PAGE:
In Peoria, Ill., as unemployment reached 15.9 percent, the number of women seeking aid at a shelter for battered women nearly doubled in two months, according to the Illinois Coalition Against Domestic Violence.
Statistics do not tell the whole story. Some specialists say they never see many of those in trouble who, middle class and accustomed to being self-reliant, cannot bring themselves to seek certain types of help.
"Unfortunately, so many of these people feel that coming to a mental health center is just another failure," said Joan Wist, director of the Irene Stacey center in the steel town of Butler, Pa. Even so, she said, as many as one-third more people per month than ever are coming for help.
Judson Stone, a social worker in Elk Grove, Ill., who spent a decade studying the unemployed in Detroit, tells of a young couple who provide a typical example of the "passage" to despair and sometimes violence. An auto industry tool-and-die man and his wife, an office worker, proud of their accomplishments and their status, were laid off within a few weeks of each other. They had two preschool children and no savings.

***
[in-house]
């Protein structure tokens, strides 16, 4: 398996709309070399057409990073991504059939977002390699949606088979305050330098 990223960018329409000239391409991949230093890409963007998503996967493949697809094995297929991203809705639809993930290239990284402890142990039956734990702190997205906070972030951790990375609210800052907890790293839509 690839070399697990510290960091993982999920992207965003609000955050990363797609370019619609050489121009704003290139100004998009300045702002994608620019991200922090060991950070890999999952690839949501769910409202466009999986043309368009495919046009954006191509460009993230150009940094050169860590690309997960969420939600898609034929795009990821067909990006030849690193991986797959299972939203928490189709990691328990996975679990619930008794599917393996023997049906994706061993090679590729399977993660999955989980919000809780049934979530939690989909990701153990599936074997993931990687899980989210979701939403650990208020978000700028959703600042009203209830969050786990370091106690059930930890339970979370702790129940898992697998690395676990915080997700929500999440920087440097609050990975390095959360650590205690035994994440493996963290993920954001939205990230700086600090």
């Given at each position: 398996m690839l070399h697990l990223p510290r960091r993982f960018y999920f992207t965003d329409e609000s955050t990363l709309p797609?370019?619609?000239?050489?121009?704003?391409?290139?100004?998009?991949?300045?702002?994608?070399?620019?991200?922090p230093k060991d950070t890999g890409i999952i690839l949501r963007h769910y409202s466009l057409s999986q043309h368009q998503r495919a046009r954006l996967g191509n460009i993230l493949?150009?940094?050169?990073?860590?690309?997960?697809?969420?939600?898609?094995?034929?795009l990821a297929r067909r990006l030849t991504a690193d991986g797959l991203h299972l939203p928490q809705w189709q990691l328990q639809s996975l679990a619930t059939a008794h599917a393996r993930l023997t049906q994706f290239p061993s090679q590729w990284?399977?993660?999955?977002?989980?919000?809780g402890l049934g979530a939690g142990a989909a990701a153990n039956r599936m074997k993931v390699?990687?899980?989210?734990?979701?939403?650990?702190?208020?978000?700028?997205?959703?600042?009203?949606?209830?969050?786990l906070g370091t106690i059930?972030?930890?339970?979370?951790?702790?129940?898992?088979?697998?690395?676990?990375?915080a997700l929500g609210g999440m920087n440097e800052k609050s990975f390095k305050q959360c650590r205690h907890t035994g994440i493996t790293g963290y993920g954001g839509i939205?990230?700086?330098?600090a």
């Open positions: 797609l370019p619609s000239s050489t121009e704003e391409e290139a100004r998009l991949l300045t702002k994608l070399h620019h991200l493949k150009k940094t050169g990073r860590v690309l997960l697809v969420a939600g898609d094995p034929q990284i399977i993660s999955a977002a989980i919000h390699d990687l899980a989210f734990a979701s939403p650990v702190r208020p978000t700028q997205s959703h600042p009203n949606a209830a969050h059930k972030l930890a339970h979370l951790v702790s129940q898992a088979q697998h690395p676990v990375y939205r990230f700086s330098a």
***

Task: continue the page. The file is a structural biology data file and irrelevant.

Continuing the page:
Unable to grasp what was happening to them, they looked for work only sporadically, each assuming the other would find something. They let things go too long. Eventually they exhausted unemployment benefits, lost their home and were forced to turn to domineering, reproachful parents for help, moving into a trailer owned by the wife's father.
Sinking into depression, they stopped making love, stopped communicating, watched a lot of television. They lost the primary means of job-hunting--their phone, their newspaper subscription and, because their only car was a gas guzzler, their ability to travel very far. The wife found herself a boyfriend who would sympathize with her.